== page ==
In the meantime Hardy started taking steps for bringing Ramanujan to England. He contacted the Indian Office in London to this effect. Ramanujan was awarded the first research scholarship by the Madras University. This was possible by the recommendation of Gilbert Walker, then Head of the Indian Meteorological Department in Simla. Gilbert was not a pure mathematician but he was a former Fellow and mathematical lecturer at Trinity College, Cambridge. Walker, who was prevailed upon by Francis Spring to look through Ramanujan’s notebooks wrote to the Registrar of the Madras University: “The character of the work that I saw impressed me as comparable in originality with that of a Mathematical Fellow in a Cambridge College; it appears to lack, however, as might be expected in the circumstances, the completeness and precision necessary before the universal validity of the results could be accepted. I have not specialised in the branches of pure mathematics at which he worked, and could not therefore form a reliable estimate of his abilities, which might be of an order to bring him a European reputation. But it was perfectly clear to me that the University would be justified in enabling S. Ramanujan for a few years at least to spend the whole of his time on mathematics without any anxiety as to his livelihood.”
Ramanujan was not very eager to travel abroad. In fact he was quite apprehensive. However, many of his well-wishers prevailed upon him and finally Ramanujan left Madras by S.S. Navesa on March 17, 1914. Ramanujan reached Cambridge on April 18, 1914. When Ramanujan reached England he was fully abreast of the recent developments in his field. This was described by J. R. Newman in 1968: “Ramanujan arrived in England abreast and often ahead of contemporary mathematical knowledge. Thus, in a lone mighty sweep, he had succeeded in recreating in his field, through his own unaided powers, a rich half century of European mathematics. One may doubt whether so prodigious a feat had ever been accomplished in the history of thought.”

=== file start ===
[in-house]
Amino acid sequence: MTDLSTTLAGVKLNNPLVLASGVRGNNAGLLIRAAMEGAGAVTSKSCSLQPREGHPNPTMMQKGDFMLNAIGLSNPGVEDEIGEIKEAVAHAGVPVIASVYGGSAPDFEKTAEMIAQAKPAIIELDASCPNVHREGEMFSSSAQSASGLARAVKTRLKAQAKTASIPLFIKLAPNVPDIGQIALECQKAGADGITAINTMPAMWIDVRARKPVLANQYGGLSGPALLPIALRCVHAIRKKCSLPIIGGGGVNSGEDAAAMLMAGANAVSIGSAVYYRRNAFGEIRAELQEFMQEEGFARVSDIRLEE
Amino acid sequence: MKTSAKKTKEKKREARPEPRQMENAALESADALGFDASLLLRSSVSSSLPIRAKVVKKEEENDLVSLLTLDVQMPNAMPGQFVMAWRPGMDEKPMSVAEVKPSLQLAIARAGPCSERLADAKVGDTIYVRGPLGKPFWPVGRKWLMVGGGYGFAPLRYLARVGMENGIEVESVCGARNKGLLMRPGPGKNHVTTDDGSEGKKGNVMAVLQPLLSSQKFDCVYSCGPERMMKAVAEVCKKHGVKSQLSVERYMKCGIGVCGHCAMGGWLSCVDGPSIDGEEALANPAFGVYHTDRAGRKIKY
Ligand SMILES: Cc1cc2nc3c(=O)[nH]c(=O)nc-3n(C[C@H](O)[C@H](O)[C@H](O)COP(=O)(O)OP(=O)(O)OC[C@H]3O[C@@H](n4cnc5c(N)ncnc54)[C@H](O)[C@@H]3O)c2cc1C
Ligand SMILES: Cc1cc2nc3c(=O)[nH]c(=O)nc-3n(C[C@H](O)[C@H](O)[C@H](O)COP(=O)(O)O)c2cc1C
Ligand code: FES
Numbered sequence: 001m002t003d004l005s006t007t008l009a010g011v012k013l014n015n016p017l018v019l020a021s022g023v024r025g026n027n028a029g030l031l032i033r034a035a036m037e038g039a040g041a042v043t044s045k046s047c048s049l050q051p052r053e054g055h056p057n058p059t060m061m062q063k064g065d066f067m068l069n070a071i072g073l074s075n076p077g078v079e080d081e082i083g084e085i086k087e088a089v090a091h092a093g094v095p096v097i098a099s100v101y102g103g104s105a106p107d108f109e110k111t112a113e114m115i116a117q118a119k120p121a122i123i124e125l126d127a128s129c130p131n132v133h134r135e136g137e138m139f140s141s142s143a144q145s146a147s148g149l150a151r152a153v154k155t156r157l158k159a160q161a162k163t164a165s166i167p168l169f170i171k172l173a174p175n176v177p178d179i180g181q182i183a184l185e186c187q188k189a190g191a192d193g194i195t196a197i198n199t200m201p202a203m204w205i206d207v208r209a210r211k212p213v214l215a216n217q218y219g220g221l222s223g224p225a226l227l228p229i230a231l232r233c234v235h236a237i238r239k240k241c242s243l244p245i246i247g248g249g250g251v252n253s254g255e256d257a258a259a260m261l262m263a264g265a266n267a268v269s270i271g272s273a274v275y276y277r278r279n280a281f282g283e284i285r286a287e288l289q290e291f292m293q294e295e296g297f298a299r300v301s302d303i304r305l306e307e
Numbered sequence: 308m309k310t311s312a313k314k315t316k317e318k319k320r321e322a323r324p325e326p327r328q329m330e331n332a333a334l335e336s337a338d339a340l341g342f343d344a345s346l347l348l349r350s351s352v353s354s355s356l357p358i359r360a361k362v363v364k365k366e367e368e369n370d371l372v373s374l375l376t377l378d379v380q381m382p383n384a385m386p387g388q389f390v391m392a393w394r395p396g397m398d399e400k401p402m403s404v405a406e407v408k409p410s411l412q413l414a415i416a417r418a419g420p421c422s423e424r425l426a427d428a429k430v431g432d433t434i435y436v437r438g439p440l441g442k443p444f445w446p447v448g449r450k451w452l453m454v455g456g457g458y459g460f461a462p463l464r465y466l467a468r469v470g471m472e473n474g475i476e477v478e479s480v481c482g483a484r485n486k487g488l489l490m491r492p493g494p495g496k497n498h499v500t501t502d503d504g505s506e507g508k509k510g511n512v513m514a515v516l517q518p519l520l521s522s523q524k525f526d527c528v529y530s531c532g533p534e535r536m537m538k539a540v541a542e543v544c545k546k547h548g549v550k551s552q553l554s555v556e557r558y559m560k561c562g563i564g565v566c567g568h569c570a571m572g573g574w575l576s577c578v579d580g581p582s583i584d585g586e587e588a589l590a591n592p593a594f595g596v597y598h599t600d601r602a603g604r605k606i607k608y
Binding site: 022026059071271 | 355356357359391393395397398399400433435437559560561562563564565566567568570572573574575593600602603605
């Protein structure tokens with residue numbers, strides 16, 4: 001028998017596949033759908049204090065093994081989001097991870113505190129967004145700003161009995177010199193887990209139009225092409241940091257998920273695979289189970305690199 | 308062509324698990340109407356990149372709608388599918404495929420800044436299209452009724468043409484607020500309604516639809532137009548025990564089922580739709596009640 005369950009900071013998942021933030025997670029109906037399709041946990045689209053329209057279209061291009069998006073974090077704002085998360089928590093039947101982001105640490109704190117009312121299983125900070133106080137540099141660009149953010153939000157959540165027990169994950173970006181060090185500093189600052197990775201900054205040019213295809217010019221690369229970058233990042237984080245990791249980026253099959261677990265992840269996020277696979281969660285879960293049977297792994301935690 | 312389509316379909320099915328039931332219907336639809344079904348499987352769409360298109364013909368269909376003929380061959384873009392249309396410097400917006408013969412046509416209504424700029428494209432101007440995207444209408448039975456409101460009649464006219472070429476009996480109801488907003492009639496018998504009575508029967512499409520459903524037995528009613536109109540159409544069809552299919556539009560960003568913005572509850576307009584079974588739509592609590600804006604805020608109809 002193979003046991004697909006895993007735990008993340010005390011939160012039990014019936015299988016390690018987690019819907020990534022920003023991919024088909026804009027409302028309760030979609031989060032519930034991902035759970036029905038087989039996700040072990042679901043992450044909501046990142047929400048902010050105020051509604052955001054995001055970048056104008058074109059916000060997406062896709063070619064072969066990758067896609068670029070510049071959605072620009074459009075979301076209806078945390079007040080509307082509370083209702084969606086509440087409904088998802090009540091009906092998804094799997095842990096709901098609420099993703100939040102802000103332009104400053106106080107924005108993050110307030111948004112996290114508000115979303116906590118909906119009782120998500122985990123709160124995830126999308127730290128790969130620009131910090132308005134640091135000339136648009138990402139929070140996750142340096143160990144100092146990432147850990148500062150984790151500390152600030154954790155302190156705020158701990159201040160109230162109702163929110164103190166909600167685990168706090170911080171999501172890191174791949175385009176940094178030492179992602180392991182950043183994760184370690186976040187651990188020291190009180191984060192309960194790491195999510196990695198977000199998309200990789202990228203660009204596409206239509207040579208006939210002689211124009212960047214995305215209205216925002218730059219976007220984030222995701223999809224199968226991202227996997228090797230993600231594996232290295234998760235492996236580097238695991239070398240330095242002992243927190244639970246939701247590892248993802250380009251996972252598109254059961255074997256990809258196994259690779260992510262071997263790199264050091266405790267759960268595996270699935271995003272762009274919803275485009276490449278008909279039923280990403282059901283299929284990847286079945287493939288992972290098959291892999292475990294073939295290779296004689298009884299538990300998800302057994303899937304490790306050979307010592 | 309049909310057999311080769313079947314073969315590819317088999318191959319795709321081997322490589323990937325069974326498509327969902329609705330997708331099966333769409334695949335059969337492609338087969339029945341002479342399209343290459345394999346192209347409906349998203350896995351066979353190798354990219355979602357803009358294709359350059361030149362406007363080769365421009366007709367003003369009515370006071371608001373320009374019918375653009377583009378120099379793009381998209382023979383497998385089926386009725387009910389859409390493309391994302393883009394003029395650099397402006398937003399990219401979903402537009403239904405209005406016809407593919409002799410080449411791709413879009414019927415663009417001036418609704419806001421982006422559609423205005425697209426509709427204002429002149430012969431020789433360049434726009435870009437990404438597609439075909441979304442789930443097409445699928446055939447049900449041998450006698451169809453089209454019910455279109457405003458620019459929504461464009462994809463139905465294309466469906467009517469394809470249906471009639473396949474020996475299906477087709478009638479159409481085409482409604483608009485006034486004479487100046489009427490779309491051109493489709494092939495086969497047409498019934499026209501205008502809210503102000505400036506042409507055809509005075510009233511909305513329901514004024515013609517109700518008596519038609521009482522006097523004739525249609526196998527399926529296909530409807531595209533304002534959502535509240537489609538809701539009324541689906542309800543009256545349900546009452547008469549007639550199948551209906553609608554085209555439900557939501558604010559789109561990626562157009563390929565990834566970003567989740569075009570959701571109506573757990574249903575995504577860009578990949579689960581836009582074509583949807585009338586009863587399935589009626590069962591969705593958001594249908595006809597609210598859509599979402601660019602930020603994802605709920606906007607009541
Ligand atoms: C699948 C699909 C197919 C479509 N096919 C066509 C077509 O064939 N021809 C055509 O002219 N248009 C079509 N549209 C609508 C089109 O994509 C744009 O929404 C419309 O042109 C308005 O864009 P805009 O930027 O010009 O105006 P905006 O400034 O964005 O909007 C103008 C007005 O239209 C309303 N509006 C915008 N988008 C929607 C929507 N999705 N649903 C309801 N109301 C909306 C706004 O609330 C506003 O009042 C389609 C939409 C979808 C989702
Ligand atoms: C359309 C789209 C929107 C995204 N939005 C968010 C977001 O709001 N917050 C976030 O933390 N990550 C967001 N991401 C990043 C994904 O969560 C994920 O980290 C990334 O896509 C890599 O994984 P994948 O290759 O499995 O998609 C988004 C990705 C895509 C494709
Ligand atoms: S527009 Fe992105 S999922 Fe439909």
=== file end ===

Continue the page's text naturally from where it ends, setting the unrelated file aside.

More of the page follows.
Today it is simply futile to speculate about what would have happened if Ramanujan had not come in contact with Hardy. It could happen either way. But then Hardy should be given due credit for recognizing Ramanujan’s originality and helping him to carry out his work. Hardy himself was very clear about his role. “Ramanujan was”, Hardy wrote, “my discovery. I did not invent him – like other great men, he invented himself – but I was the first really competent person who had the chance to see some of his work, and I can still remember with satisfaction that I could recognize at once what I treasure I had found.”
It may be noted that before writing to Hardy, Ramanujan had written to two well-known Cambridge mathematicians viz., H.F. Baker and E.W. Hobson. But both of them had expressed their inability to help Ramanujan.
Ramanujan was awarded the B.A. degree in March 1916 for his work on ‘Highly composite Numbers’ which was published as a paper in the Journal of the London Mathematical Society. He was the second Indian to become a Fellow of the Royal Society in 1918 and he became one of the youngest Fellows in the entire history of the Royal Society. He was elected “for his investigation in Elliptic Functions and the Theory of Numbers.” On 13 October 1918 he was the first Indian to be elected a Fellow of Trinity College, Cambridge.